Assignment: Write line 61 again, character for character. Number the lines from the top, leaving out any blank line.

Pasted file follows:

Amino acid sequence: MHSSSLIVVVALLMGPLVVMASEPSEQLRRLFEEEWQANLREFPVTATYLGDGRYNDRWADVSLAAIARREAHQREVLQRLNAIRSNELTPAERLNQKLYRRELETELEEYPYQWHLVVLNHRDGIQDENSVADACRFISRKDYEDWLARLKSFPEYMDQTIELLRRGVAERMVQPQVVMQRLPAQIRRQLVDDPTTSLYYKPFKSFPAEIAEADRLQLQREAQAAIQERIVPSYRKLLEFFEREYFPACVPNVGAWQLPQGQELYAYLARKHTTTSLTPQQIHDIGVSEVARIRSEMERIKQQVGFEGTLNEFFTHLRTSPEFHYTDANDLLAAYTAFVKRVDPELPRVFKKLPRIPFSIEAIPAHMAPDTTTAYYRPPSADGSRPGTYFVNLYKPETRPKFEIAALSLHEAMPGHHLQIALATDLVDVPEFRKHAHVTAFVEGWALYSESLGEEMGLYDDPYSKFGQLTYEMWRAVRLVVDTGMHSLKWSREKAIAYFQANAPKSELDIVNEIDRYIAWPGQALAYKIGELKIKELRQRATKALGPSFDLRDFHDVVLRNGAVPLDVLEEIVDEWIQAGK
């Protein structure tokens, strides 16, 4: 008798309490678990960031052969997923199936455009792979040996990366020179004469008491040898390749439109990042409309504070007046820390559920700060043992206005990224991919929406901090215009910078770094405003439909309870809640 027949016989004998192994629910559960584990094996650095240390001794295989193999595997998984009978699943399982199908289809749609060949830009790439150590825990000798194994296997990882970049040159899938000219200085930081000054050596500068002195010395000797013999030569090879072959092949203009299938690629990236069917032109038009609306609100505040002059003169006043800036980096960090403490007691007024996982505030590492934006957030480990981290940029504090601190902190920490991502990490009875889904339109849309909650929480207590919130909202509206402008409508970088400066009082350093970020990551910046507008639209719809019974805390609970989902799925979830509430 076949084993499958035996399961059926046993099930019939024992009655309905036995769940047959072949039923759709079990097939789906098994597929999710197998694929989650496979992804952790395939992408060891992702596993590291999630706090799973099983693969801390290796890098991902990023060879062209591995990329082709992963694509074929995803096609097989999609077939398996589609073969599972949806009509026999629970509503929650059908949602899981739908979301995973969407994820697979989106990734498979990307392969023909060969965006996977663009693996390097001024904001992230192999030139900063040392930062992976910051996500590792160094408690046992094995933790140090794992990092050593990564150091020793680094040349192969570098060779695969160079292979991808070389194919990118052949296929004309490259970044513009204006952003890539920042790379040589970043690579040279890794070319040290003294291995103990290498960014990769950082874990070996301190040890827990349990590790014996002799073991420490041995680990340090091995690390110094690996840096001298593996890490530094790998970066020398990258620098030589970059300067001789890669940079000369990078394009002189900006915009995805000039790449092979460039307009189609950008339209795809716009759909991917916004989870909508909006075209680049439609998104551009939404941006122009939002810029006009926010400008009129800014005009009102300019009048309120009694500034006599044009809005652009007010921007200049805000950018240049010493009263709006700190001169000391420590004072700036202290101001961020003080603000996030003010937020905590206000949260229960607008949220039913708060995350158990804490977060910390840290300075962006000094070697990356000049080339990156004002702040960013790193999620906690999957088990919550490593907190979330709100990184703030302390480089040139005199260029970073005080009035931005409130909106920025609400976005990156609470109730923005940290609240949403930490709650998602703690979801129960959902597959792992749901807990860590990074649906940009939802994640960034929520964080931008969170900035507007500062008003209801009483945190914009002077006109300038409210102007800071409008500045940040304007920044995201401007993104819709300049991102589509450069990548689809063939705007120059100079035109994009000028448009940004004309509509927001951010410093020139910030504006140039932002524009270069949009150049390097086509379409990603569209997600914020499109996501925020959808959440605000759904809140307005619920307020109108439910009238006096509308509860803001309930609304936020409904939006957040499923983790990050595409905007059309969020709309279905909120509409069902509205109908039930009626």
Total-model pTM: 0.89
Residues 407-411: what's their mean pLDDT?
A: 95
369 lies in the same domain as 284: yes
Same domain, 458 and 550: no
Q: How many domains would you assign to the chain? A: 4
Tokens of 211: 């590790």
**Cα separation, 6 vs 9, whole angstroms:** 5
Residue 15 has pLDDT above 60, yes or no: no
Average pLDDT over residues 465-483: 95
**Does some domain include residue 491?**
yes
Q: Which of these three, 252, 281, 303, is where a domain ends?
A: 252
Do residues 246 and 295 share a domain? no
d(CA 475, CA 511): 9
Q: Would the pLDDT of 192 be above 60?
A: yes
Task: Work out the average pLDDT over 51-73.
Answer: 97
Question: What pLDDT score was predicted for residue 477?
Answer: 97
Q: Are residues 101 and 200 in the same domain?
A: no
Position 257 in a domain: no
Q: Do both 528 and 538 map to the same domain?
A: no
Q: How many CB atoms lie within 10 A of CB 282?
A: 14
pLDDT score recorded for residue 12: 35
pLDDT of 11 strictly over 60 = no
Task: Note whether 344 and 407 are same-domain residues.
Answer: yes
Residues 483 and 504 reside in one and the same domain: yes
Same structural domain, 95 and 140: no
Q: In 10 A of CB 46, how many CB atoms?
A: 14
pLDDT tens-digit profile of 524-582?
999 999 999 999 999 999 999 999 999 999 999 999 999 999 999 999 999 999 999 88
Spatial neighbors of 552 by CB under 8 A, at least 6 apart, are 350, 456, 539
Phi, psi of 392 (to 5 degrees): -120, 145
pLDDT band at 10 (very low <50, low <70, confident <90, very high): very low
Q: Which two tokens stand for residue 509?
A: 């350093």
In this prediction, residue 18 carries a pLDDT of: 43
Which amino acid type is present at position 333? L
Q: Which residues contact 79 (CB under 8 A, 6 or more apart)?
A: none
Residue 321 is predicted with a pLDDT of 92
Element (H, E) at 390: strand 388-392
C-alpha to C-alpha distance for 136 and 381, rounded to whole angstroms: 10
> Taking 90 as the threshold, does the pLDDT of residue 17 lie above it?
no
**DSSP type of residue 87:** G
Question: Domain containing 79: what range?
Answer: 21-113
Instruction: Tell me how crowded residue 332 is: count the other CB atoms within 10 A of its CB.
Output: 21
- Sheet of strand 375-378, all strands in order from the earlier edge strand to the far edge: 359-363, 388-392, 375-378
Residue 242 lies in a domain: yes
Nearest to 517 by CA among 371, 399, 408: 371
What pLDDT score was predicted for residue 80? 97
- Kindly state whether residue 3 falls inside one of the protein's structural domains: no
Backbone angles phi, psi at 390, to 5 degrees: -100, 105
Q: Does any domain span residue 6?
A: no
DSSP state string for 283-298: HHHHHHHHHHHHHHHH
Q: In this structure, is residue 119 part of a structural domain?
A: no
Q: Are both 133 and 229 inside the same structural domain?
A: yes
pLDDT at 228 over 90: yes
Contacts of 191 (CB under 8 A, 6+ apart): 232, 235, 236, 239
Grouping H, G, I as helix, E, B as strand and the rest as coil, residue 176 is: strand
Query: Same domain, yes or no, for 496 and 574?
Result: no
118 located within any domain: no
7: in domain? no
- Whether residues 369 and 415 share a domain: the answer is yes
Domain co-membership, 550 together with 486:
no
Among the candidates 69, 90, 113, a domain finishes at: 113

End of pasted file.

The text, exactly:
- Sheet of strand 375-378, all strands in order from the earlier edge strand to the far edge: 359-363, 388-392, 375-378